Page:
This is not only a Microsoft event, but there are many partners. When I did this a year and a half a go – for the first time – the website was hard to maneuver and so I didn’t do it, however this past December I went back to the Code.org website and it was fantastic. This website is user-friendly and easy to use. You don’t need to login to play, and the layout with the YouTube videos made my students engaged and loving the process of coding. It was so cool! Click here to check out Code.org website to learn more.
#9 Office 365 Applications & Microsoft Showcase School
Working with Microsoft applications is fantastic and my school district integrates Class Notebook, Power Point and other amazing applications to empower our students.
Using these Cloud applications can help us connect with others. Try to create a PowerPoint and then do a collaborative document with another class somewhere around the world. This coming school year Mario Asta connected me with Mary Murphy – an educator in Colorado – together we will partner to solve a global issue with our students. She works with three different classes, and together we will build community and creative collaboration through Office 365 applications, such as Power Point.
The area we will focus on is Cultural Empathy, as well as the UN Sustainable Development Goals from the Microsoft Education Community website. Click here to learn more about the United Nations and their Goals. If it weren’t for the connections I made with Mario Asta, I would never have built this international connection. We’re excited about the awesome year working with Cultural Empathy.
Maybe you have made it this far in my post and you are starting to wonder what you can do with your school. In August, Microsoft accepts applications for your school to become a Microsoft Showcase School. There are certain requirements such as a certain number of MIEs and other qualifications. If you are accepted you can trial devices; get special benefits and develop Professional Development and more at your school. Click HERE to learn more.
#10 Opportunities for Children to Innovate and Develop their Creativity
Being a teacher I see many students disengage from school and somehow diminish their energy. Through all the above opportunities I truly believe building skill sets, strategies, opportunities and engagement locally, provincially and globally inspires our students. The textbook in a small corner of the classroom is not our limit anymore. Once you drive this scenic route of Microsoft, your eyes will be opened to the vast opportunities; connections and creative ideas happening globally.
My friend James Gill had the privilege to go to E2 and he came back and told me a story about a teacher in the Maritimes who worked with his students to rebuild an unsafe local bridge.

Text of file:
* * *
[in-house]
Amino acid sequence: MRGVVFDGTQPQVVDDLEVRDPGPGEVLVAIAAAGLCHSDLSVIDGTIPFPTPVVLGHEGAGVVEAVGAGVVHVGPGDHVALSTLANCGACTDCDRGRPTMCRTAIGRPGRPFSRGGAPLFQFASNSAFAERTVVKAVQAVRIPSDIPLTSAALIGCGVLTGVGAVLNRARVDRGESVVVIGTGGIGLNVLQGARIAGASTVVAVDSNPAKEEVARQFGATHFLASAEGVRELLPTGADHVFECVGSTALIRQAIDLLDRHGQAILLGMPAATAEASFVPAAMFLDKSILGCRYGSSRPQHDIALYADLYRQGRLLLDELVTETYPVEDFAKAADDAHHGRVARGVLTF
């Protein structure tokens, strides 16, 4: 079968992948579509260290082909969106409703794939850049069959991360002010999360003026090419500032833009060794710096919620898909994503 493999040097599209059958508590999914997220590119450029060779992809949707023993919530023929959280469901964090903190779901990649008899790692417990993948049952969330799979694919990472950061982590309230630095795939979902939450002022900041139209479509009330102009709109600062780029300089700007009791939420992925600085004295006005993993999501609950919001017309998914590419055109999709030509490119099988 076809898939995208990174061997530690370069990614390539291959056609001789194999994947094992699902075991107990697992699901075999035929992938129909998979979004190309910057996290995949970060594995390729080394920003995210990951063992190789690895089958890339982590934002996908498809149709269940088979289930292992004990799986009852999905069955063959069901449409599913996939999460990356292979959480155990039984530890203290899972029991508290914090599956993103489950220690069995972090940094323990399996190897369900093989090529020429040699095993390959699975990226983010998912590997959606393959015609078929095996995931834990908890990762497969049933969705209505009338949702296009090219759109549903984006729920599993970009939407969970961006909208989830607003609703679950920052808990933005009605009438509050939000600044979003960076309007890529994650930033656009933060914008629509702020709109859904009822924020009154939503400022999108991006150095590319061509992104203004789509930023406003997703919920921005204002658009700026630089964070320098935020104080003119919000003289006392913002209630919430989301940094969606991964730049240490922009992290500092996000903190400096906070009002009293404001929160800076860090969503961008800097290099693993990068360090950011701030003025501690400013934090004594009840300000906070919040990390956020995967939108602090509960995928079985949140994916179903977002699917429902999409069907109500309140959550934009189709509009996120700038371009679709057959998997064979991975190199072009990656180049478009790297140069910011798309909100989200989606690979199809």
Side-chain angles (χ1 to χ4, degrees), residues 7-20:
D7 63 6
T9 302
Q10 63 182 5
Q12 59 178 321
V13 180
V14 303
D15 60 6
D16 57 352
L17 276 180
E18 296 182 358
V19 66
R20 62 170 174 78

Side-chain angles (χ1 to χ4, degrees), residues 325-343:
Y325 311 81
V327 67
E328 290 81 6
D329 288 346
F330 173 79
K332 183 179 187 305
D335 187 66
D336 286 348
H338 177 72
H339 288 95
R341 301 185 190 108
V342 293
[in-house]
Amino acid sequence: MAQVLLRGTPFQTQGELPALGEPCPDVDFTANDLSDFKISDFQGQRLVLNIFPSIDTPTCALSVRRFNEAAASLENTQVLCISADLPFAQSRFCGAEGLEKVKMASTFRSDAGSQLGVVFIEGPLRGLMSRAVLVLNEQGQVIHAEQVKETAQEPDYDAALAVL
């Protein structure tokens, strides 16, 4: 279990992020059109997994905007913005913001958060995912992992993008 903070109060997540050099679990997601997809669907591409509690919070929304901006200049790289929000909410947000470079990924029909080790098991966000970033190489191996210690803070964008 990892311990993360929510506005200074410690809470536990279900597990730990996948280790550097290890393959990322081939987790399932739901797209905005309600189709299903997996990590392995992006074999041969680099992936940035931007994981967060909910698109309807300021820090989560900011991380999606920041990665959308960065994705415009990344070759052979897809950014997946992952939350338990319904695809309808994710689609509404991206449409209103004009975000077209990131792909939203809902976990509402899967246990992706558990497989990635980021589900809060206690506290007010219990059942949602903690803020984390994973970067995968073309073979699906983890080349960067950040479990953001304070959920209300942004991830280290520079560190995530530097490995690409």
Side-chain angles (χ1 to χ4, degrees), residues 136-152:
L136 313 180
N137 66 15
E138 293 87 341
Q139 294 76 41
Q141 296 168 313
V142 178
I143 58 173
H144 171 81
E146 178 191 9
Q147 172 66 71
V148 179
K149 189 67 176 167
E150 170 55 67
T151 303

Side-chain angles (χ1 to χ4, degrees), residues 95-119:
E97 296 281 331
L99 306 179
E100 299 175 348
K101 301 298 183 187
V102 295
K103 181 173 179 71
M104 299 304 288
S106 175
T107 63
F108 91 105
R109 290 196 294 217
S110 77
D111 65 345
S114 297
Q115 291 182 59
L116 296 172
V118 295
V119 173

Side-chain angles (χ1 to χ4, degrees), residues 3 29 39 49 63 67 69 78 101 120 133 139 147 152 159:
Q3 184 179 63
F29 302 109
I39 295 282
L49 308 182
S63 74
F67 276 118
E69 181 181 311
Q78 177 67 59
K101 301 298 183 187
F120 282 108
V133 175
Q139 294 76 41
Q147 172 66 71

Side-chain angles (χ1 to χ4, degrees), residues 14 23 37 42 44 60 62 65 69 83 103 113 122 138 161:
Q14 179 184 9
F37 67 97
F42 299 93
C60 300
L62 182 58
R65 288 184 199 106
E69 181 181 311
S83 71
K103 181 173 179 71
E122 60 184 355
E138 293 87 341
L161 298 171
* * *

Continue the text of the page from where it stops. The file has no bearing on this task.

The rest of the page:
I shared this story with my Grade 4/5 students and by sharing this story they decided we should write an email to our Township and tell them about our local bridge chipped with paint with graffiti.
After we sent the email away, we found out in a month the Township architect wanted us to create interpretative panels (you know the plaques you see sometimes if you are walking through a park and there is a description of the trees or some famous event that happened). So we created these panels on Microsoft Word and each of my students wrote about our local salmon, cedar trees, owls, eagles and more.
They shared their Word documents with me, so I could edit them before they went to the Township. My students felt empowered and this was all through just sharing a story from E2 and through using collaborative documents. The Township now wants this to be an annual event with my school and we can do other parks across our Township. Thank you to Chris Marshall at the Township to helping us create, innovate and collaborate to bring learning to life for our students.
In conclusion, if you made it through this whole post I applaud you as this scenic drive has hit some amazing viewpoints. I am sure I am missing details and the ins and outs of some of the badges, course, applications and experiences, but this post represents the many ways you can create, innovate and promote excitement about learning in your classroom through Microsoft. Here is a photo of my kids after a scenic drive to White Rock, B.C. and they had such a fun time on our scenic drive. Now I am off to continue my scenic drive with Microsoft. Maybe I will see you and your students along the way?